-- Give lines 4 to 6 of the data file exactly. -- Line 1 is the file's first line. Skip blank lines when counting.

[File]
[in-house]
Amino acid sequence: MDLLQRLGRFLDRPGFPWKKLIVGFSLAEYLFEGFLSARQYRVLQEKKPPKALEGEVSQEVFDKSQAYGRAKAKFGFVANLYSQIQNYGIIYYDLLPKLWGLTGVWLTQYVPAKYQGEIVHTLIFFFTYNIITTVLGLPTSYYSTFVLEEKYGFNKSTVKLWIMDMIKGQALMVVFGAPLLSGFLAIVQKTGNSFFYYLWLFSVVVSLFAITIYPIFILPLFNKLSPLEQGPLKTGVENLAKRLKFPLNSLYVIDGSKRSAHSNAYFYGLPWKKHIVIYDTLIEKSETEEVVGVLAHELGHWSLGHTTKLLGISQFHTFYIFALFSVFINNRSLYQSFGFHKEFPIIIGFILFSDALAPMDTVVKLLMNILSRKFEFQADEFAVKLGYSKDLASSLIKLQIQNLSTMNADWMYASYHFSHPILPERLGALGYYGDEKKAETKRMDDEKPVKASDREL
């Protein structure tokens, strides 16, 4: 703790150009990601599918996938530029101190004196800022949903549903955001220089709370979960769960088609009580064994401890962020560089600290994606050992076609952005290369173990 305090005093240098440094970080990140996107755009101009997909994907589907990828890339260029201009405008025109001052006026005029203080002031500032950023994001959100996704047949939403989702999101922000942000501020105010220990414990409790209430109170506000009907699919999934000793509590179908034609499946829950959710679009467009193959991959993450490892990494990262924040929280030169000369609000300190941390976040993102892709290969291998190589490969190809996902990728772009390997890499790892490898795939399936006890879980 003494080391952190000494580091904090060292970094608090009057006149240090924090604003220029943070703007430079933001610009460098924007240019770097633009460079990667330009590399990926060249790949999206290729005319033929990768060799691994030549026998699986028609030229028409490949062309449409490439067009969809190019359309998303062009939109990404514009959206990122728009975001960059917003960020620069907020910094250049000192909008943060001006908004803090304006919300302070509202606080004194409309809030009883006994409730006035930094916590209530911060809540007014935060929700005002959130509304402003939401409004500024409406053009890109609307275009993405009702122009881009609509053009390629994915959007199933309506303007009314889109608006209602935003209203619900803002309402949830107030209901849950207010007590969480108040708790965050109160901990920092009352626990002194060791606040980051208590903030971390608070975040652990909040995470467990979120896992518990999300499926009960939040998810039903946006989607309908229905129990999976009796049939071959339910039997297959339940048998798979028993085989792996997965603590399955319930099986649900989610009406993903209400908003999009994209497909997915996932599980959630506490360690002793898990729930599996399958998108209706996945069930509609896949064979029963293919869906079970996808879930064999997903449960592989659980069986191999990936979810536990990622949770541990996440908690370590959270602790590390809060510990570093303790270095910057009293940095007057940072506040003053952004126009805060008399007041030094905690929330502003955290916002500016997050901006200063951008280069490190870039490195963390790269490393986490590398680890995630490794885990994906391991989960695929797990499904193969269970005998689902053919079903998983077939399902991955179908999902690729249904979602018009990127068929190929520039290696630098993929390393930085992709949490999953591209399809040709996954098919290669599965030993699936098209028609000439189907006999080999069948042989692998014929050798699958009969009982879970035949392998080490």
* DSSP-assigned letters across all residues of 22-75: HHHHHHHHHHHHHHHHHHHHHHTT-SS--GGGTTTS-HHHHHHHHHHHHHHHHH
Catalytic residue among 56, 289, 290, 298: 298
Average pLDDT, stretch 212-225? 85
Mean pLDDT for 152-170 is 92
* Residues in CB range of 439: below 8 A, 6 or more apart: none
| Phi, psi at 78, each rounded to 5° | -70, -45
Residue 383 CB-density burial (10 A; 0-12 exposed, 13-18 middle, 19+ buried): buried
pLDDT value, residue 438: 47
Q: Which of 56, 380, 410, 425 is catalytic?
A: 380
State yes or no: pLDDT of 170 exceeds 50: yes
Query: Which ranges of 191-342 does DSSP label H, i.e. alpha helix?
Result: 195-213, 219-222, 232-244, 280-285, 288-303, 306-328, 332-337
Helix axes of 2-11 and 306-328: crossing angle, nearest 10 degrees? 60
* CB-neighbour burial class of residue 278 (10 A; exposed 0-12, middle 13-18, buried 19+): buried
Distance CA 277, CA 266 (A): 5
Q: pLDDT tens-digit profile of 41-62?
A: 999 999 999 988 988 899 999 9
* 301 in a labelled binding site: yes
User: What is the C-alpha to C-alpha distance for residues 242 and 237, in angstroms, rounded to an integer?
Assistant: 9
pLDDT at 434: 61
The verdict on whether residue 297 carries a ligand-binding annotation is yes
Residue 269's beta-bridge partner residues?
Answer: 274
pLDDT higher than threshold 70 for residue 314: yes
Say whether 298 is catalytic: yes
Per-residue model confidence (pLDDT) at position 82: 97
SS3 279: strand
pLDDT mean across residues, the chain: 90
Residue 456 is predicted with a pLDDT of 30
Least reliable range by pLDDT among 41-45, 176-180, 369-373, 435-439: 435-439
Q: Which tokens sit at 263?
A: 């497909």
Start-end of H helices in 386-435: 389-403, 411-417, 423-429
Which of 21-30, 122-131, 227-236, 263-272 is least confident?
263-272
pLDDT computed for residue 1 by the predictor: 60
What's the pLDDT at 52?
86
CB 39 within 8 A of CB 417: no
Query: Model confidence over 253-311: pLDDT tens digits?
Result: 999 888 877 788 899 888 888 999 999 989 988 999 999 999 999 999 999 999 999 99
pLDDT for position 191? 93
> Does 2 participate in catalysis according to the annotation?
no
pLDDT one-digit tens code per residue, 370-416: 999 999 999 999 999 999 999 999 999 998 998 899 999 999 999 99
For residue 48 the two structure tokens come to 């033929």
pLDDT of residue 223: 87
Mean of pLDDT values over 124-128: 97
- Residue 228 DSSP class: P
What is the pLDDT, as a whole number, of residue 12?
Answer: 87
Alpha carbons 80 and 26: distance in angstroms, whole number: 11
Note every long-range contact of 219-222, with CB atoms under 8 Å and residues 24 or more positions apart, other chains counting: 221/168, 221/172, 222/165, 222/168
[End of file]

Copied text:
* DSSP-assigned letters across all residues of 22-75: HHHHHHHHHHHHHHHHHHHHHHTT-SS--GGGTTTS-HHHHHHHHHHHHHHHHH
Catalytic residue among 56, 289, 290, 298: 298
Average pLDDT, stretch 212-225? 85